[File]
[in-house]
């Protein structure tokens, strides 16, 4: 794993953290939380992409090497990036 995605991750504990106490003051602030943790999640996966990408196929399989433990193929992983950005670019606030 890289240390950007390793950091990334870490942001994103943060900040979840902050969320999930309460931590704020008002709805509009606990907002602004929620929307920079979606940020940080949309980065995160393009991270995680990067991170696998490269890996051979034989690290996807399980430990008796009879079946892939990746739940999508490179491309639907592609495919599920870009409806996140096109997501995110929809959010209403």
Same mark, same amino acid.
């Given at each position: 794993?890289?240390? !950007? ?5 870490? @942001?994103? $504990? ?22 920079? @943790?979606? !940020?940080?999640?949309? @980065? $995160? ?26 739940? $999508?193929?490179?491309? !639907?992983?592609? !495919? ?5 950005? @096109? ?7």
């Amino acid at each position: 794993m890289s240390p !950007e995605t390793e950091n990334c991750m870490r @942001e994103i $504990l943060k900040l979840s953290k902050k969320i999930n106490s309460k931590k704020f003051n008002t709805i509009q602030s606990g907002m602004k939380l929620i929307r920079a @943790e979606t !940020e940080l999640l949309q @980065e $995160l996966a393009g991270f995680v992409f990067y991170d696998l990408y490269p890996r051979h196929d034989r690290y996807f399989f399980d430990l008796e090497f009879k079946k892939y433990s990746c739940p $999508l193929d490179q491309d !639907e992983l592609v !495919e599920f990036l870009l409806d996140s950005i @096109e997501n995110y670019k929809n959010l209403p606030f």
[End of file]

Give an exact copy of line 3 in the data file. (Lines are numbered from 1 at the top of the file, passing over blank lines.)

Same mark, same amino acid.